Pre-Covid, our “Parent Share” (formally known as “Onward Mama”) was a three-tiered initiative that provided discounts to ACCESS cardholders for all of our play and membership options, gave scholarships to parents interested in an educational workshop, and invited donations from the larger community to help alleviate the financial burden on families accessing our space and programs.


These days, we are using most of our Parent Share Funds to help with tuition to The Little Kid Club, which is our new day program for kids and working parents that includes play and co-working in our space.



Do you have any suggestions for parents experiencing social isolation?


Reach out! Text or call a friend, meet up and take a walk, make a connection with a parent crush on social media (I’ve made many new friends that way!) Express concerns with your care provider if you suspect you are suffering from or need resources for postpartum depression. You are not alone - please reach out to someone!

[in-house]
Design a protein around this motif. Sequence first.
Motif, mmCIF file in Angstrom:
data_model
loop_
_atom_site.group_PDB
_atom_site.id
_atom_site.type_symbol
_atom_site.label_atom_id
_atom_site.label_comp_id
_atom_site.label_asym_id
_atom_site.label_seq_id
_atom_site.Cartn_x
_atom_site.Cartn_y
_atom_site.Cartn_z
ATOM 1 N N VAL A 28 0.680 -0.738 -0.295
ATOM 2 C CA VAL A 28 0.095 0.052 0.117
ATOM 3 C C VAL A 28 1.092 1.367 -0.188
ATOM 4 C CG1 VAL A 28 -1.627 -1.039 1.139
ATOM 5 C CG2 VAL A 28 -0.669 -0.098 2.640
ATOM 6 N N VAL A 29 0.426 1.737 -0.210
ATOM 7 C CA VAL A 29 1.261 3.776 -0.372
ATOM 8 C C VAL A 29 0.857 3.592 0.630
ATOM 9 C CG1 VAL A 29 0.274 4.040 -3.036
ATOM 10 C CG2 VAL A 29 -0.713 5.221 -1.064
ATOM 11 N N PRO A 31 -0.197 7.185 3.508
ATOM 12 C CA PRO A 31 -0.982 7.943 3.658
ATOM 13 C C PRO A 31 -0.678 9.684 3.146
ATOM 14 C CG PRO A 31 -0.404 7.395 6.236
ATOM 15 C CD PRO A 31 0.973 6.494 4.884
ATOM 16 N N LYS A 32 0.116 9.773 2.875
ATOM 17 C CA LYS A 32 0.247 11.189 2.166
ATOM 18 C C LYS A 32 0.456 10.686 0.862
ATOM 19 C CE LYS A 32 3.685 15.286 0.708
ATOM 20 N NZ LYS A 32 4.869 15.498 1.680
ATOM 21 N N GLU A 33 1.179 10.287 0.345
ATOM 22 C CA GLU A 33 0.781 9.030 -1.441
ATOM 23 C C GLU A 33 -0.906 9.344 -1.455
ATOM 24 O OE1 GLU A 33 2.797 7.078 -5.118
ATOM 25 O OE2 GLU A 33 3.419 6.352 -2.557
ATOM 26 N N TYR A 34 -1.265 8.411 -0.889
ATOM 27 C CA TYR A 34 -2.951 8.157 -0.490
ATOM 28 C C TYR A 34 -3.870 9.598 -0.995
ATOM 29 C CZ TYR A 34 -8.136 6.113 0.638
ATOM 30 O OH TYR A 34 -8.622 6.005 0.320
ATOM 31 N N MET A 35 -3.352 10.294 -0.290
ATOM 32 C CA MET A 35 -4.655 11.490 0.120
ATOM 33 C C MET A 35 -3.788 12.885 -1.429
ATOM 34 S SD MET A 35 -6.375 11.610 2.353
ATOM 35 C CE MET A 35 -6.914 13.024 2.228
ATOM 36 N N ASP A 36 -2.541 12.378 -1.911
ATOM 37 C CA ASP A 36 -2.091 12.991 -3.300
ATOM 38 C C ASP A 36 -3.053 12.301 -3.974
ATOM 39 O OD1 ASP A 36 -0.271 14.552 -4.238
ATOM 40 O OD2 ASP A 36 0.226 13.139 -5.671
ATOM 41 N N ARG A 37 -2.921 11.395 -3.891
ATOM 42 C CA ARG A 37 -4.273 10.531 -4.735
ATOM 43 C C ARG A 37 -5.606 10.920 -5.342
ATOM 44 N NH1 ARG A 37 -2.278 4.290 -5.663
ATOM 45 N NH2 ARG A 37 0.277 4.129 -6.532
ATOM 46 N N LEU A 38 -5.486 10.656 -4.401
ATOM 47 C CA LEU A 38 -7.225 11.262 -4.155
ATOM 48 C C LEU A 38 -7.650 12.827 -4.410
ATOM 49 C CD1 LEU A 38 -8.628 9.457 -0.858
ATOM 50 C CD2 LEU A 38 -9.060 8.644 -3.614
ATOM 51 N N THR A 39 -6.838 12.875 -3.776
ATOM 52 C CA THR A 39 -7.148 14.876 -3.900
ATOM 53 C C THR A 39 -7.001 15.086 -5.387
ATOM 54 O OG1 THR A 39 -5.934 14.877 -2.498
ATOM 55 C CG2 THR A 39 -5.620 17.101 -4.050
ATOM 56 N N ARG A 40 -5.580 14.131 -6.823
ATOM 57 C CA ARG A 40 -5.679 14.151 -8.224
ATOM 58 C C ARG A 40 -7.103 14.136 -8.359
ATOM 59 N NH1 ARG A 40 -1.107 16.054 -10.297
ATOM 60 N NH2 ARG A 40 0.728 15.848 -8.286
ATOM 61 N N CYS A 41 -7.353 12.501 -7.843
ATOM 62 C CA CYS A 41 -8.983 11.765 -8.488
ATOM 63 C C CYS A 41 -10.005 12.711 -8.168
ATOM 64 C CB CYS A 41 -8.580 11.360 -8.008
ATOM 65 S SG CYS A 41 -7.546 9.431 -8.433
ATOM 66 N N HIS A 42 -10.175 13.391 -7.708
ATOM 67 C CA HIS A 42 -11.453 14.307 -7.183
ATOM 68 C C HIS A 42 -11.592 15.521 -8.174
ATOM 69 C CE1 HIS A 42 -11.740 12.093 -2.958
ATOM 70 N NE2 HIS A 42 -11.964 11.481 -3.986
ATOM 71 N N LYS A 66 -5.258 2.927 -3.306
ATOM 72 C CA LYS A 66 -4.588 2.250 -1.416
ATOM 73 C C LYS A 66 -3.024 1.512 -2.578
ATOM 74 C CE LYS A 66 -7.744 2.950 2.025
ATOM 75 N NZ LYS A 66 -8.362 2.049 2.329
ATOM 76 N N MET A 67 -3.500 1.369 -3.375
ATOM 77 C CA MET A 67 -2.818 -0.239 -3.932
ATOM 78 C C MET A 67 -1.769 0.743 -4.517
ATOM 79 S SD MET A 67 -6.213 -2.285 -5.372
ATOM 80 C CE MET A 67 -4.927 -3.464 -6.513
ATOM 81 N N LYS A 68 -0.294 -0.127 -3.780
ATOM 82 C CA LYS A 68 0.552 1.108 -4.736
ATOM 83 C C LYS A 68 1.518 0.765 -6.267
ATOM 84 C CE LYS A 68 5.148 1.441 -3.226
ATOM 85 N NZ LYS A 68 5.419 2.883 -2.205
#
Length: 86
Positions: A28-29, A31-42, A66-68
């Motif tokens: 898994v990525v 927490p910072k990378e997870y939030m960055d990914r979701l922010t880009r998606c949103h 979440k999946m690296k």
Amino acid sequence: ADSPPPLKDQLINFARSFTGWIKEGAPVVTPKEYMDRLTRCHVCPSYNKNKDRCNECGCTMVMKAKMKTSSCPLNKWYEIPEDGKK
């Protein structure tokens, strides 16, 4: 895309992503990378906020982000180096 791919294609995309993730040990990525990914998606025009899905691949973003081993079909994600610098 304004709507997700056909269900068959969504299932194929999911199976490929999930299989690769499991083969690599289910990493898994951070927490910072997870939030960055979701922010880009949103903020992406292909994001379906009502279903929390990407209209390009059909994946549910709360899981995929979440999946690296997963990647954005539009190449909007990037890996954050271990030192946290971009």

What can parents do at home to inspire fun, meaningful play?


I think nature has been our great shining light in all of this. Getting outside over the summer saved so many of us from the extreme cabin fever of the early lockdown. Now that it’s getting colder, dress for the weather and stay outside! It holds endless opportunities for play.


Bring found treasures from the outdoors in, and make art or start a collection. Have a dance party, learn a new recipe, redecorate! These are really challenging times and our kids feel our stress. Connection right now is so important. Even a couple minutes can reset both parents and kids and remind us of what really matters.



With Warmth and Wellness,

Your EmmaWell Team